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The Depressing Idea of Hanlon's Razor

by Daniel Goldman 7 days ago in Pop Culture

Should we attribute to malice, that which can adequately be explained by stupidity?

The Depressing Idea of Hanlon's Razor
Photo by Nacho Fernández on Unsplash

Philosophy is a fun topic. Within philosophical discourse, there's a tool known as a "razor." In particular, Hanlon's Razor states that one should never attribute to malice that which can be adequately explained by stupidity. It is one of many "razors" that exist in philosophical discussion, the most well known of which is probably Occam's razor, though there are many others.

What are Razors and Who is Hanlon?

Logical Wiki defines a razor as follows: A logical razor is a rational principle used to shave off possible but unrealistic or unlikely explanations for a given phenomenon. Common examples include Occam's razor and Alder's razor.

That's not a bad way of describing a razor. Essentially, a razor is a statement of probability. They're often not scientifically justified, and are based on casual observations, but overall they suggest that some conclusions, by their nature, are more probable than others, and we should focus on those more probable ones.

Hanlon's razor, for instance, is essentially stating that people tend to be stupid more often than they are malicious, so without any additional information, we should assume that the person who has done something wrong is stupid, rather than malicious.

Again, these razors are not necessarily scientifically investigated and in the case of Hanlon's razor, it was the result of a submission to a joke book. However, these razors for better or worse seem to hold pretty well.

Personal Preference

I think I would prefer if Hanlon's razor was wrong. It's not because I necessarily would feel better about people being malicious rather than stupid, though maybe I would. However, the real crux of the matter is that it's possible to work with, and even change, maliciousness. But as Ron White said, "you can't fix stupid."

Why No Fix Stupid?

Okay. So why can't "stupid" be fixed? It should be easy. It just takes some education, right? Unfortunately it's not even close to that easy. If the problem is ignorance, it might not be too much of an issue.

As far as I see it, stupidity and ignorance are fairly different. The former is an unwillingness to adapt one's positions, while the latter is simply a lack of understanding. We can fix ignorance, so long as a person is willing to learn, but in so many cases people are simply unwilling or unable to do so.

We see this phenomenon play out all the time, whether it's on debates about gender, or vaccines and autism, there is simply no desire or ability to even begin changing, and so that barrier needs to be broken first. When malice is involved, we just need to convince the person not to be malicious, or we can call the person out on their malicious actions. But we have to be far more careful when a person is not even aware that what they're doing is wrong.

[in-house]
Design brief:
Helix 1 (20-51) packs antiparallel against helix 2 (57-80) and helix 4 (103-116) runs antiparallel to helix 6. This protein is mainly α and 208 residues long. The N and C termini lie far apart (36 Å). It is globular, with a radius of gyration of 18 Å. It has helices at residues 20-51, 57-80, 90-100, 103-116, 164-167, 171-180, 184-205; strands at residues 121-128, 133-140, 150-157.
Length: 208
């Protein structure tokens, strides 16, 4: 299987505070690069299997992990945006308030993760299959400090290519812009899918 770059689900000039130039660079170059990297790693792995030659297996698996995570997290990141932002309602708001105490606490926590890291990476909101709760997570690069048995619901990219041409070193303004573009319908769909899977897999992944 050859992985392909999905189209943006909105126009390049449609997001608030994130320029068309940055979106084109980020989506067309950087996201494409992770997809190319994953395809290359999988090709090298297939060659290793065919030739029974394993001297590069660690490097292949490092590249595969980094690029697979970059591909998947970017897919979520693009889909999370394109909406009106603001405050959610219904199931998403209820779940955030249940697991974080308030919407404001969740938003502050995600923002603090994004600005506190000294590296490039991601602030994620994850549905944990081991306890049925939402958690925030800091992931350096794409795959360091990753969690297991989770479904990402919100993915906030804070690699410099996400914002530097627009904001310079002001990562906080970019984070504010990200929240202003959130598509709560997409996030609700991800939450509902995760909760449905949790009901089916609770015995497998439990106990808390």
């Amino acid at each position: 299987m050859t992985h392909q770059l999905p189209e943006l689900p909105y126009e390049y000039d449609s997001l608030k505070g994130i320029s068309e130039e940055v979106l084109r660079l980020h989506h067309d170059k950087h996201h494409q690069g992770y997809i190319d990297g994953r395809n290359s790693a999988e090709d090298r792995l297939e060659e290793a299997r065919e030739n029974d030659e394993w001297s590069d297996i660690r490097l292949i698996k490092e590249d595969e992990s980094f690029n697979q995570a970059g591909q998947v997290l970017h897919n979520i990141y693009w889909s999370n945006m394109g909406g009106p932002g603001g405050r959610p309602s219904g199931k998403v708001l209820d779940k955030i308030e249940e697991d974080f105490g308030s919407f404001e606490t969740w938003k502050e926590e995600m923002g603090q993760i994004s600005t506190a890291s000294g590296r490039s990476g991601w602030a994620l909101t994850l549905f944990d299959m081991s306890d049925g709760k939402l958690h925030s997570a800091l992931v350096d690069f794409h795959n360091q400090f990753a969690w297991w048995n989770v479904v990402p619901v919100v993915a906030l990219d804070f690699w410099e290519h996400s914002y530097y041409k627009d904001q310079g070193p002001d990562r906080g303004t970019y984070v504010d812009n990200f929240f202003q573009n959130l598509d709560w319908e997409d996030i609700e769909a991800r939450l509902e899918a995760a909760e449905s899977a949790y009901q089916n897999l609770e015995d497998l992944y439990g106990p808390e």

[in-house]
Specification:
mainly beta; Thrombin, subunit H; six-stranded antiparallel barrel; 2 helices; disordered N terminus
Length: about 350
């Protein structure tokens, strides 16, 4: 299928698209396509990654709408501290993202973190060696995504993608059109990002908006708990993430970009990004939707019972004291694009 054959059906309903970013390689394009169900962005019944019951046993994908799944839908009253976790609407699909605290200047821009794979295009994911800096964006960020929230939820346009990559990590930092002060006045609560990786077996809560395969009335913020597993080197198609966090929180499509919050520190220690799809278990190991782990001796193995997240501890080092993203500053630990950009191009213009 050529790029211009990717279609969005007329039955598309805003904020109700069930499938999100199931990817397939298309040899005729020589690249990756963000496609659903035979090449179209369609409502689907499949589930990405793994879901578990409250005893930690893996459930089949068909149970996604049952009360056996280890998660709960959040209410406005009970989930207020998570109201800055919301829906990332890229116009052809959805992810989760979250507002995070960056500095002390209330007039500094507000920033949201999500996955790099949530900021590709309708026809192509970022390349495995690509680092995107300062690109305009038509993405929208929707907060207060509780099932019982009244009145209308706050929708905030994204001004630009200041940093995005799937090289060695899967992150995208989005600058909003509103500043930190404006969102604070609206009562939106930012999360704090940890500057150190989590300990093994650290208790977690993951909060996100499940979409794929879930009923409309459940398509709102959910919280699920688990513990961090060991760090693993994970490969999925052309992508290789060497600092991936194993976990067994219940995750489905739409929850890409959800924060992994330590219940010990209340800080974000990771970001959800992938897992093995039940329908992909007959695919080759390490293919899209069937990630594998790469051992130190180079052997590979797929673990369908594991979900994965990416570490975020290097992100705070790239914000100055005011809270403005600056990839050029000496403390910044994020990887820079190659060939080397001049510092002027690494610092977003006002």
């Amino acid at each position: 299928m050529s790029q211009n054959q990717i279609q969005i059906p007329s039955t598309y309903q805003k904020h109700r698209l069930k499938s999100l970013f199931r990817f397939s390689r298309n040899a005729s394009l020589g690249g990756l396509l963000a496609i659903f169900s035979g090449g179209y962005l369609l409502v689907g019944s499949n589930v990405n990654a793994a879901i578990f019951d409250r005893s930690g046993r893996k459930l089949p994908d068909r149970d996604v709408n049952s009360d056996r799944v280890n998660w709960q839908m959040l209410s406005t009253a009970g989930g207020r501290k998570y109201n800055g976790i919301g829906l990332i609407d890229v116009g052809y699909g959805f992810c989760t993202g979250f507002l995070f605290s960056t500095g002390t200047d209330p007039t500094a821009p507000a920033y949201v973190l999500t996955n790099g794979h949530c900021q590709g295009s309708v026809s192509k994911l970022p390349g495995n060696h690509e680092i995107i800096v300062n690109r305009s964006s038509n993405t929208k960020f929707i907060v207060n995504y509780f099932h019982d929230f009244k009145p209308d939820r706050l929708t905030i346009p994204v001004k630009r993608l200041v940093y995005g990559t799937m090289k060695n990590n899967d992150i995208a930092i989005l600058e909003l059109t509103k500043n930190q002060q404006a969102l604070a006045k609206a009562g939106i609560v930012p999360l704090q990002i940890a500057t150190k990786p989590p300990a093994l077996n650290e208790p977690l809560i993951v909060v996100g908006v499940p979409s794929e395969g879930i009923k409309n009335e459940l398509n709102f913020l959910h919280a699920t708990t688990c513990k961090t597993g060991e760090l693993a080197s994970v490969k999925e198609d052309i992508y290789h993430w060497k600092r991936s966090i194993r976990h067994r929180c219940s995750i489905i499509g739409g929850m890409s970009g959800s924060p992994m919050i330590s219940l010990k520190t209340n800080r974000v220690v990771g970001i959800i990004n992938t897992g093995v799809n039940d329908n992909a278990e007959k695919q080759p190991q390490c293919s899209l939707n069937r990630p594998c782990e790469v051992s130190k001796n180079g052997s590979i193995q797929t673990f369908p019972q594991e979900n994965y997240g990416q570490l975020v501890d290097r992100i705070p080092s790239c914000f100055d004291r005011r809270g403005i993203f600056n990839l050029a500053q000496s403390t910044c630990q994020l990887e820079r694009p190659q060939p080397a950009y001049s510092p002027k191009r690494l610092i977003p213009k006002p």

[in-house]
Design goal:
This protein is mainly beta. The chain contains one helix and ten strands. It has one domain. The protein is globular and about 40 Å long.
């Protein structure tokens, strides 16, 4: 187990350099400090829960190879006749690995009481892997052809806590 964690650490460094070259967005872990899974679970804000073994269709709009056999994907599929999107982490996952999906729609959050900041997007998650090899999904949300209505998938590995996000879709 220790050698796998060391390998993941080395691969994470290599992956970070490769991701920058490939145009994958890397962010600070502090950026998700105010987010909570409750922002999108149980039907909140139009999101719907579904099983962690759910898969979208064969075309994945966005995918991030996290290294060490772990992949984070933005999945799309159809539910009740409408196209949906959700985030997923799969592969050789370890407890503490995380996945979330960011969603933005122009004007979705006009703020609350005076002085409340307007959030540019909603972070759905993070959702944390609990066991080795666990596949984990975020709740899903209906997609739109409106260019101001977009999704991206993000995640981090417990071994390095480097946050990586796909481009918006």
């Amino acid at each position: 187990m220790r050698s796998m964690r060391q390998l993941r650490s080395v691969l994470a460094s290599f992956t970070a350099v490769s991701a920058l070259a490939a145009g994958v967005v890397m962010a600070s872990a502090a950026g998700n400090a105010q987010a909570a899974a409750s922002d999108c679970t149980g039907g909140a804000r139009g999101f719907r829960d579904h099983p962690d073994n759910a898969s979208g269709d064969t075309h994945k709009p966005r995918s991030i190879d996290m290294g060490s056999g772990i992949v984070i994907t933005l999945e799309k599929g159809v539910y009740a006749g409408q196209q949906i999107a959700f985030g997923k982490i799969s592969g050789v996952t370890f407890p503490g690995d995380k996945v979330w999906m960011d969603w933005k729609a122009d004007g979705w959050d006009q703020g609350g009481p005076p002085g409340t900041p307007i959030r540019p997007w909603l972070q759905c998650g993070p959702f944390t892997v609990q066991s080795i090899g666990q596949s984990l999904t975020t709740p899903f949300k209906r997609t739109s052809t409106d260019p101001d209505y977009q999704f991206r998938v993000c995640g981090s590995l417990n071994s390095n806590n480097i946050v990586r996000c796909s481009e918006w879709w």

Was Hanlon Correct?

I don't know. Hell, very few razors are actually tested, which is interesting. Casual observation does seem to justify the razor, but it probably also depends a lot on the situation. Razors are used in the absence of other information, but we rarely lack any additional information.

In general discourse online, I would say that people tend to be quite stupid. Even though they have access to a wide variety of sources, they fail to use them. People ignore experts and listen to celebrities, who think they know what they're talking about, but don't.

In politics, on the other hand, I would be far more likely to assume malice over stupidity. Politicians have a tendency to lie and cheat. If a politician does something wrong, there's a good chance that they knew what they were doing, and simply thought they could get away with it.

So overall, razors like Hanlon's are interesting and somewhat useful. They'd be far more useful if we could actually make them scientifically rigorous. But they at the very least give us insight into the world, or at least our perception of how things tend to be.

Pop Culture
Daniel Goldman
Daniel Goldman
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Daniel Goldman

Visit my homepage. I am a polymath and a rōnin scholar with interests in many areas, including political science, economics, history, and philosophy. I've been writing about all of these topics, and others, for the past two decades.

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